Religion and Psychoactive Sacraments:
An Entheogen Chrestomathy
Thomas B. Roberts, Ph.D. and Paula Jo Hruby, Ed.D.
Author Index | Title Index
Tuan, Yi-Fu. (1998).
Baltimore: The Johns Hopkins University Press
Description: hardcover, xviii + 245 pages
Contents: Preface, 5 chapters, notes, acknowledgments, illustration credits, index.
Excerpts: Escapism, I will argue, is human-and inescapable. There is nothing wrong with escape as such. What makes it suspect is the goal, which can be quite unreal. And what is wrong with the unreal-with wild fantasy? Nothing, I would say, so long as it remains a passing mood, a temporary escape, a brief mental experiment with possibility. However, fantasy that is shut off too long from external reality risks degenerating into a self-deluding hell-a hell that can nevertheless have an insidious appeal. The transposition of this personal hell to others, through naked power or cunning rhetoric, is a great evil. But escape can just as well be in the opposite direction-toward the real and the good (heaven). To skeptical modern men and women, such a happy move-on the face of it, as plausible as the move in the other direction-rings false. "Heaven," for them, is almost another word for delusion and fantasy. If anything is real, it is the harshness and brutality of life, or hell. I wish to counter this fashionable pessimism.
In writing this book, I have two broad aims. One is to provide an unusual and, I believe, fruitful perspective on nature and culture. My other aim is to persuade readers, especially those who have fed too exclusively on the literature of despair, to recognize the good that has already been -though insecurely-achieved, and hence to look upon the idea, if not of heaven on earth, then of an earth periodically visited by heavenly bliss, in a less dismissive, more hopeful, light. (pages xvi-xvii)
"If the Doors of Perception Were Cleansed . . . "
Often we walk through life with a figurative head cold such that the world around us seems a blur, and if we draw what we see, it comes out looking like a small child's picture, with trees that are all the same, their trunks straight, their foliage without individual leaves, and if there are flowers, they are all daisies. Other times-more rare-the world is sharply etched, brilliantly colored, dewily fresh as though a rain shower had just passed by, and solidly present, incorruptible. Thomas Traherne in the seventeenth century must have had some such experience, raised to mystical heights, for he wrote, "The corn was orient and immortal wheat which never should be reaped nor was ever sown. I thought it had stood from everlasting to everlasting. The dust and stones of the street were as precious as gold: the gates were at first the end of the world. The green trees when I saw them first through one of the gates transported and ravished me; their sweetness and unusual beauty made my heart leap, and almost mad with ecstasy, they were such strange and wonderful things."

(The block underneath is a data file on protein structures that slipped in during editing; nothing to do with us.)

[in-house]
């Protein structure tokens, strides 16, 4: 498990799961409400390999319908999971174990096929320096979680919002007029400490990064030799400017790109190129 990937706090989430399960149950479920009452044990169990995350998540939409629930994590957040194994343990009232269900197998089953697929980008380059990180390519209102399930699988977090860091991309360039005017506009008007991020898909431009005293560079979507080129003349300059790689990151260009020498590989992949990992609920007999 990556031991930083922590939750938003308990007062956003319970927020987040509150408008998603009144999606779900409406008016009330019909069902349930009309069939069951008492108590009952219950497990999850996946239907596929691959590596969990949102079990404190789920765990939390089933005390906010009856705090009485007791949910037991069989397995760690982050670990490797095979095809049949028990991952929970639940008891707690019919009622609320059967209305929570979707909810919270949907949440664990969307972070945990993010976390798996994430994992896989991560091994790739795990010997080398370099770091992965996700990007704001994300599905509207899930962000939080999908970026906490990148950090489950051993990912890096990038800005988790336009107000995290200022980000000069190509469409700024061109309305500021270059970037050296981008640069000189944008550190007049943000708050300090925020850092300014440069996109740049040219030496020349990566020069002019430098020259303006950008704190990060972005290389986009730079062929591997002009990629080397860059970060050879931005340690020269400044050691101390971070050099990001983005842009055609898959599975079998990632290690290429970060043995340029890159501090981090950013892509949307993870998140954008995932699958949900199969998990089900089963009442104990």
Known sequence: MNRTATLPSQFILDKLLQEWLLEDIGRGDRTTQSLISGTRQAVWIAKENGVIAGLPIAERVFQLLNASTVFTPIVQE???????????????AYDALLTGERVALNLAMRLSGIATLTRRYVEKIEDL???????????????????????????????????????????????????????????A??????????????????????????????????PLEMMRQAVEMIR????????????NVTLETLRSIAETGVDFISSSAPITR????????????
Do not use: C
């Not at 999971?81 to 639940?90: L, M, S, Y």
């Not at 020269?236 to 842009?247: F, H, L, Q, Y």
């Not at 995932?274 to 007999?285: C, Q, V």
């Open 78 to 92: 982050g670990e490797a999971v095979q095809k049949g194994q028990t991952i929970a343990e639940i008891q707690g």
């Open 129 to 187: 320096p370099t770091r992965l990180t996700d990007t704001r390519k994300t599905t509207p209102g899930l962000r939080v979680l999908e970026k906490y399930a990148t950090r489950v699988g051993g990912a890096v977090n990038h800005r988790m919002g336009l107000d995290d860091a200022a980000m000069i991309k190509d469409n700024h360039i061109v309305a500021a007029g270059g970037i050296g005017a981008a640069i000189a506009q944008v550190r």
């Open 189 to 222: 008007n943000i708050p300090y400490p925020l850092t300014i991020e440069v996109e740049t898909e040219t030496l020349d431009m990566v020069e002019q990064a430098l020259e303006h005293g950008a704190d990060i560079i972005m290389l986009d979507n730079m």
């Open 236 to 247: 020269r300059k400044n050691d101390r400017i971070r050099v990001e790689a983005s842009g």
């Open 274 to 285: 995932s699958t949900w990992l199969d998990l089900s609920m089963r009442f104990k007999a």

What must one do to see the world this way? Certain chemicals help. Some American Indians, for example, eat the root of peyote in their sacred rites. The rites themselves heighten awareness, and the active element in peyote, mescaline, heightens it further. In modern secular times, more than ever people depend on chemical stimulants to dispel the "head cold" of daily life, even if it is just the caffeine in the morning cup of coffee. (page 193)
The temptation of "cleansed vision" is to make idols of objects that have suddenly taken on import, or to value the ecstatic experience itself to the exclusion of everything else; if one doesn't worship, one wants to merge. Relatedness, other than this adulation and coupling, is conspicuous by its absence. The bright objects themselves stand alone, each demanding total attention. As Aldous Huxley put it, "I saw the books [their individual being and meaning], but was not at all concerned with their positions in space." Drugs that produce sensations of orgasmic power and visions of mystical intensity do not turn their consumers into better, more enlightened people. One reason why they do not-apart from the chemical damage they inflict on the human system-is this fixation on unique particulars at the expense of their weave and pattern. From this we understand why artworks are superior to drugs in cleansing perception. Though they cannot produce amphetamine's euphoric, they make up for it at an intellectual level by putting objects and events in context. They hint at, if not explicitly state, the relatedness-the larger pattern, perception of which is not only mentally but also sensorially rewarding. As I noted earlier, to Wordsworth a daisy is not just a flower in isolated glory but part of a larger system that includes the sun, a blade of grass, and the dewdrop. (page 195)
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